For some, experiencing nature is a lot like experiencing art.
Such is the case for one Saanich man, who was inspired to write his first EP after spending nine months experiencing the rugged beauty of the Canadian wilderness.
Nelson Forest, who grew up making music on his guitar, joined the Canadian Wildlife Federation’s (CWF) Canadian Conservation Corps (CCC) in August 2019. With an honours biology degree from the University of Victoria and experience in research, Forest wanted to see, feel and experience the wilderness he studied.
The CCC initiative is a three-stage program designed to engage young Canadians in their natural environment through travel, education and conservation and field work. The program took Forest to Alberta’s Rocky Mountains and the shores of Prince Edward Island, where he studied invasive species removal and the conservation of Atlantic salmon. In the final stage of the program, Forest worked for an organization in northern Quebec.
“I got to travel coast to coast and up north, which influenced all of the songs and created a cool story along with it,” he said.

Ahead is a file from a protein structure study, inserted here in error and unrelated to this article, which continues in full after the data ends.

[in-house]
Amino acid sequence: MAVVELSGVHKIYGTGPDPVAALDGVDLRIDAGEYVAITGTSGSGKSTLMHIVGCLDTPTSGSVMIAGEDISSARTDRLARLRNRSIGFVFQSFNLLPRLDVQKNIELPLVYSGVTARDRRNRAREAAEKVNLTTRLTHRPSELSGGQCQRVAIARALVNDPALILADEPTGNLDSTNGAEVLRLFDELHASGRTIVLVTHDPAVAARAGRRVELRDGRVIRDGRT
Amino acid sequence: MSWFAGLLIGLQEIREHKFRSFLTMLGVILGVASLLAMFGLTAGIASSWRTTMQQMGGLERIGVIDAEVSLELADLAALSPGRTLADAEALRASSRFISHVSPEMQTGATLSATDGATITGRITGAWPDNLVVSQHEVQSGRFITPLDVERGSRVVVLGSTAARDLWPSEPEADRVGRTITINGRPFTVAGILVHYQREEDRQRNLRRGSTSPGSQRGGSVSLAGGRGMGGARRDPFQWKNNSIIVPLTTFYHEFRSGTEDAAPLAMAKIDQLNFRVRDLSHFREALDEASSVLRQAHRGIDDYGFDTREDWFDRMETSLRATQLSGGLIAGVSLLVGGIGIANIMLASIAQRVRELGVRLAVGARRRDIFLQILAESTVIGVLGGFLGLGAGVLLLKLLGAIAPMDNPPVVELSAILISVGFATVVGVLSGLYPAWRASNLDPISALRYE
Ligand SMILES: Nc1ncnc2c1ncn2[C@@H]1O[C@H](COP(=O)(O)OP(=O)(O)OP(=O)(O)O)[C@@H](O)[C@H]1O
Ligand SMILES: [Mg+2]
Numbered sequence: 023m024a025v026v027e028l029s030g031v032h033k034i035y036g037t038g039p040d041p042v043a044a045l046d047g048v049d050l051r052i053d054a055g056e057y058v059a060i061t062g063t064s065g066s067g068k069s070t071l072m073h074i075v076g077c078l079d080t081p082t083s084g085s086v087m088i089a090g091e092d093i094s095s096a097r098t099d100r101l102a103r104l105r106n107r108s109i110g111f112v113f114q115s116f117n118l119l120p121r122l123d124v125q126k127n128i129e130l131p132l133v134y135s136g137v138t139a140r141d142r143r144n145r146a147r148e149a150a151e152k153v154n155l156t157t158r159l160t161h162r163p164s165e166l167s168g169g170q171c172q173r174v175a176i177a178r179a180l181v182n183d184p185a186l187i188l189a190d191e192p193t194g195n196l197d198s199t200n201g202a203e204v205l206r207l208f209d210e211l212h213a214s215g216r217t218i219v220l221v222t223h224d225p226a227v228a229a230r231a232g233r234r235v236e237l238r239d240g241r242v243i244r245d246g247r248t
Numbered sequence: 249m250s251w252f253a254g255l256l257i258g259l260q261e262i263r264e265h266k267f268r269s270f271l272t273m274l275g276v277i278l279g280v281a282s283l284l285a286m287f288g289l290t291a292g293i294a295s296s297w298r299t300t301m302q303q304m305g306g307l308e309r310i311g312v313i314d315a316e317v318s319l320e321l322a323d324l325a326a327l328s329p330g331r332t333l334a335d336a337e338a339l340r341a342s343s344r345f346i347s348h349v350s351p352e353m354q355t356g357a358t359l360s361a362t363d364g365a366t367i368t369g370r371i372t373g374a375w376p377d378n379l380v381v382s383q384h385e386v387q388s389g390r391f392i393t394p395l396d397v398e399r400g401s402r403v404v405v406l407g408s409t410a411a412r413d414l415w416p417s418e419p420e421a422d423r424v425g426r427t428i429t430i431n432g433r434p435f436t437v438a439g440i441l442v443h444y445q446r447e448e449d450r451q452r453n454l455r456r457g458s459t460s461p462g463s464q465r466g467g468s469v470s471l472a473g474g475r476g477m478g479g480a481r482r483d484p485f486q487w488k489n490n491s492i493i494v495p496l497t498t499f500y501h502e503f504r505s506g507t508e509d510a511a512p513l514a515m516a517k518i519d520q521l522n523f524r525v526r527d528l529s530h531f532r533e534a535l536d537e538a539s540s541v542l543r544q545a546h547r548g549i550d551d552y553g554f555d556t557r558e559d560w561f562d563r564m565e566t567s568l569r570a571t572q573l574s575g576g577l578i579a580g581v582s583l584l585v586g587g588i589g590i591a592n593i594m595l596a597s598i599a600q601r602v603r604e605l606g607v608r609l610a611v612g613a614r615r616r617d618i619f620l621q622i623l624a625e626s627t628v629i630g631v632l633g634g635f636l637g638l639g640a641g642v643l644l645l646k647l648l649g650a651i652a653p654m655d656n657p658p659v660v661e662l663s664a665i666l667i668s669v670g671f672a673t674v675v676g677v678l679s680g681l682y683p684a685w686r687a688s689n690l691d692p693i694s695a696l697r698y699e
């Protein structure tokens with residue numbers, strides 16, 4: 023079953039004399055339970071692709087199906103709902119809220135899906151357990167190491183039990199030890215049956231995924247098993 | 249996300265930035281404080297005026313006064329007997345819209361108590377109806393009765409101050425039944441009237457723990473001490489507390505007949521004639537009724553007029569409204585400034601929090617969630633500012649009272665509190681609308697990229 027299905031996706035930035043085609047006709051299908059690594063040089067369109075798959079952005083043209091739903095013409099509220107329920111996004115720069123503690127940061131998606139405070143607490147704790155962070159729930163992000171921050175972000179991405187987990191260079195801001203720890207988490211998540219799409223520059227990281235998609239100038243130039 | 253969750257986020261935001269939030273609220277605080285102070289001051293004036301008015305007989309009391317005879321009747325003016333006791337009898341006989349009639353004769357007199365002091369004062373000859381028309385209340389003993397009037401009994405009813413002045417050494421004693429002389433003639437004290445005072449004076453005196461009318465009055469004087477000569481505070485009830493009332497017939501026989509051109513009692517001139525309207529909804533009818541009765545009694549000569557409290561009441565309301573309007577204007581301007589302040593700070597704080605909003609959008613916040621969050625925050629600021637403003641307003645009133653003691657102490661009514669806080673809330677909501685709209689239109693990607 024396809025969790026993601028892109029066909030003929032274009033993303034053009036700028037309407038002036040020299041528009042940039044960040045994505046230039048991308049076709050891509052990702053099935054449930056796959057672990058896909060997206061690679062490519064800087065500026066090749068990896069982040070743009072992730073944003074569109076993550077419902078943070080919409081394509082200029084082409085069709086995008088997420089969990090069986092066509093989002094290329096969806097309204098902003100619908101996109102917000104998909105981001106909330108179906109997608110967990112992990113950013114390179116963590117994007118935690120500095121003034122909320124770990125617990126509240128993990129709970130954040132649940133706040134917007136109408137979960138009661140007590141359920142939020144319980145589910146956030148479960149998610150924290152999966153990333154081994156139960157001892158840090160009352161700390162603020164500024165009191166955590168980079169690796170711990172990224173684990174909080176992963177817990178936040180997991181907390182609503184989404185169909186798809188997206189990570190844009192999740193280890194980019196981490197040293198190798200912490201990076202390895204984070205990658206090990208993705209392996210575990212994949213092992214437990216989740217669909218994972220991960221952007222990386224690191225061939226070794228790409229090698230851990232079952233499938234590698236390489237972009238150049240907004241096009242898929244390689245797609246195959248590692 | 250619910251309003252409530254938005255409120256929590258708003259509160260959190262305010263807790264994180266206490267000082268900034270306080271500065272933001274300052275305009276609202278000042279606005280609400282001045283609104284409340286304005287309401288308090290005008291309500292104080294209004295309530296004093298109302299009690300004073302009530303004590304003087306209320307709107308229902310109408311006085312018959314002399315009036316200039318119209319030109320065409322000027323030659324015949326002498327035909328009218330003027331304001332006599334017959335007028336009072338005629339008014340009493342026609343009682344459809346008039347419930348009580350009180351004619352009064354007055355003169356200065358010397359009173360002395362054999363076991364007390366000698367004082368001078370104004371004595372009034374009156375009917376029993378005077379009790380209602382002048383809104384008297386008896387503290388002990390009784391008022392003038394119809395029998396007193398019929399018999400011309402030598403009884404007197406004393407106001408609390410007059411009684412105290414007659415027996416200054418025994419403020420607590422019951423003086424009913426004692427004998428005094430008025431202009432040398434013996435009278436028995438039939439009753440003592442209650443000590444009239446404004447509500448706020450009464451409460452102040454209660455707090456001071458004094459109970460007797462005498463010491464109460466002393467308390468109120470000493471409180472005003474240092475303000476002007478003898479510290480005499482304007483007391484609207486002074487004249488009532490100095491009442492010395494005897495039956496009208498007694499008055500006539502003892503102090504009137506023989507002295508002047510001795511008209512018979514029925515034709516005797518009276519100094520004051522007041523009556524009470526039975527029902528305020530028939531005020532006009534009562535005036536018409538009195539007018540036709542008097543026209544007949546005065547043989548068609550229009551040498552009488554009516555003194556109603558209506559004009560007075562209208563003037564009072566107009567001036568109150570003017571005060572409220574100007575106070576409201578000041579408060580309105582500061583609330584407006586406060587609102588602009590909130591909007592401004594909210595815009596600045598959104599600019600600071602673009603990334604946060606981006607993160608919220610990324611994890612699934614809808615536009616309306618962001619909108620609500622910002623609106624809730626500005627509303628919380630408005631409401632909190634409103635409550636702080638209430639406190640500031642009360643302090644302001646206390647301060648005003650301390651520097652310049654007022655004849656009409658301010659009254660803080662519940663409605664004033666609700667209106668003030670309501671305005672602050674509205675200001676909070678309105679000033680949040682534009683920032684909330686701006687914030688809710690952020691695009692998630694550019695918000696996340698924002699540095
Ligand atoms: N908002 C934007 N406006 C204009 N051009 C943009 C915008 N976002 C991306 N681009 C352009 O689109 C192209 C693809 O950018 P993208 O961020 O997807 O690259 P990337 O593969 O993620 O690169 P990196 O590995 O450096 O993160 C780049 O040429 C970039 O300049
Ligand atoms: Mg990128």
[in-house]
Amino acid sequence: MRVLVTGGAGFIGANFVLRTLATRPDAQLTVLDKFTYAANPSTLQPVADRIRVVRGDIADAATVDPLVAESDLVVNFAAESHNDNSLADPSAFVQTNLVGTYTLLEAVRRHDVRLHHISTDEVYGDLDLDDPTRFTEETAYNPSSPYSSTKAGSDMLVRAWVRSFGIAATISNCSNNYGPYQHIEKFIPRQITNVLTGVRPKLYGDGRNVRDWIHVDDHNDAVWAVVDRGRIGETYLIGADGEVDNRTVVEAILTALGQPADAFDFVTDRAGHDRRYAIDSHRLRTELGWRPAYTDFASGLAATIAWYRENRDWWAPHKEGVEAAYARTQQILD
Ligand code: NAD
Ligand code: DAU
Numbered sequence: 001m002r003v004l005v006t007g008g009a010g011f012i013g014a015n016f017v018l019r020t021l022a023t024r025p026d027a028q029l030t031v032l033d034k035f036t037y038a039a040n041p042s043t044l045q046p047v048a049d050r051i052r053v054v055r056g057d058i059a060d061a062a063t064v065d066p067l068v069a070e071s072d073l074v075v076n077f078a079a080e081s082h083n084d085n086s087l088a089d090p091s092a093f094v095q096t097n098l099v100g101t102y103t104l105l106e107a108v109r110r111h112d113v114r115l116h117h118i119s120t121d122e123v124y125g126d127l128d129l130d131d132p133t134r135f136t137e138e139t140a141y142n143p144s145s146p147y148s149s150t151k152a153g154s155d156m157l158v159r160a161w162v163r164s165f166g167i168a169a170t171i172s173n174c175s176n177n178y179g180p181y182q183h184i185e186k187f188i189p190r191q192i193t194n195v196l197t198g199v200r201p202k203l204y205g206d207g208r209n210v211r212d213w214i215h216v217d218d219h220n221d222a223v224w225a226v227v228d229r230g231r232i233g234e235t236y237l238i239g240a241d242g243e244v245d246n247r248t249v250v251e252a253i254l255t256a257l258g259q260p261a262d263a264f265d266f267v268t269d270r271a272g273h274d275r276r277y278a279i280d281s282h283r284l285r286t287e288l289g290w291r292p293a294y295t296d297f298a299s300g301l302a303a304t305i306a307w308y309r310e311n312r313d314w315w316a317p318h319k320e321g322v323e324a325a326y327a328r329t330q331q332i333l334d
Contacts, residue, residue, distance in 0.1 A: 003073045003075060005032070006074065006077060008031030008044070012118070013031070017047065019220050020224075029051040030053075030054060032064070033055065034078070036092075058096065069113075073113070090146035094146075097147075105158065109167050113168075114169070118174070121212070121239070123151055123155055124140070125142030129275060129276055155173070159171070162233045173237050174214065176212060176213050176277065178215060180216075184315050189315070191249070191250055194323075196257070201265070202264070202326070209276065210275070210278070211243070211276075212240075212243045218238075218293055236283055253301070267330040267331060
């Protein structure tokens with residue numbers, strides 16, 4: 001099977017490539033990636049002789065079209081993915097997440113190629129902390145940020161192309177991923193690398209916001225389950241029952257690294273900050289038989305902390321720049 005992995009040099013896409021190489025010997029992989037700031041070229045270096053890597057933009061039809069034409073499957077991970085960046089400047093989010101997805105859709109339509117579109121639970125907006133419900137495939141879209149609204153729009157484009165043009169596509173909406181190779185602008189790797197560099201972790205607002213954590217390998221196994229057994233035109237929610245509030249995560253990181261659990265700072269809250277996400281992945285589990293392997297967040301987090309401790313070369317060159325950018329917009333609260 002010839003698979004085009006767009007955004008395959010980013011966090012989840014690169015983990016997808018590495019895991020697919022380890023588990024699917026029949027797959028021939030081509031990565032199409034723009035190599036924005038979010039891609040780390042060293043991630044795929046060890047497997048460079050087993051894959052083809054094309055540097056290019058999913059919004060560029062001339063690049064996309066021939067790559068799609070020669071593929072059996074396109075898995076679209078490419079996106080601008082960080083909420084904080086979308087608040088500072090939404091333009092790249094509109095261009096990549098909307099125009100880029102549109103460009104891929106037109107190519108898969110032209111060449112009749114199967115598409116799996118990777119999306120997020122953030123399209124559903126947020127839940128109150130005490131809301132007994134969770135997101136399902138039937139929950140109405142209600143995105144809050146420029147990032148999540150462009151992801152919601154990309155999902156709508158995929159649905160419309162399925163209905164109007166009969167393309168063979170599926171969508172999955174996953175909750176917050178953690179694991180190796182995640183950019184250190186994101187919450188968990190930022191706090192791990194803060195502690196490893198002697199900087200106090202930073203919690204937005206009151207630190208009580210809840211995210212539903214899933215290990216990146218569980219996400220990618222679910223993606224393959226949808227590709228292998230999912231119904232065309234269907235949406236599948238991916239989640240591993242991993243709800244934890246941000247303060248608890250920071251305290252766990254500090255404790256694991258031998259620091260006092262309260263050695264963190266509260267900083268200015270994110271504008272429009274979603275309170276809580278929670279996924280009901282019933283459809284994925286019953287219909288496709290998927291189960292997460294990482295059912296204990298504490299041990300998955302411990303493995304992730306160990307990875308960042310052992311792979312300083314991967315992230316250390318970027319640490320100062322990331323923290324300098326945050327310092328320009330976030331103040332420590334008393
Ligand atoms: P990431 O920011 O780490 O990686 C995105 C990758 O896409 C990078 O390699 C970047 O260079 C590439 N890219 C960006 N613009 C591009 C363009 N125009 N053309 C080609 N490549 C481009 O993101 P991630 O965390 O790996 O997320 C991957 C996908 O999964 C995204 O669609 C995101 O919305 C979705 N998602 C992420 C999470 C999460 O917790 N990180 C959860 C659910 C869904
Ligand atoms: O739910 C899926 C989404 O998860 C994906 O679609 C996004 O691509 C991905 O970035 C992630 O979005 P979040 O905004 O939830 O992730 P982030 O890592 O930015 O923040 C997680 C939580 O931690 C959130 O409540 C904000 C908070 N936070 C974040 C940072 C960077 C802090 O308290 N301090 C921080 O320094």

It was a culmination of his experiences – some of them taking place during the restrictions of COVID-19 – that inspired and provided time for the creation of the album, For the Wild.
“I was in these really wild regions … I was starting to see some really beautiful wildlife and geography,” he said. “I got naturally inspired from those places, I found it a really gradual process.”
Songs such as For You a Song for the West Coast or Without You a Song for the North, were created in homage to Canada’s natural landscapes and the impacts climate change is having on them.
“I hope people take away that we live in such a beautiful part of the world and its such a privilege to be here. It can be a lot of fun to get out there and really enjoy it and make the most of it, but also we have this awesome opportunity to respect it and take care of it.”
Greater Victoria’s Garry Oak Meadows and Douglas Firs partly inspire the lyrics of Forest’s melody for the West Coast, of which a series of yet-to-be-completed education videos will soon accompany the melody.
“How did the salt get under our skin?” he sings in a YouTube performance of the song, recorded from a cabin in Strathcona Park.
“This place is older than you and me.”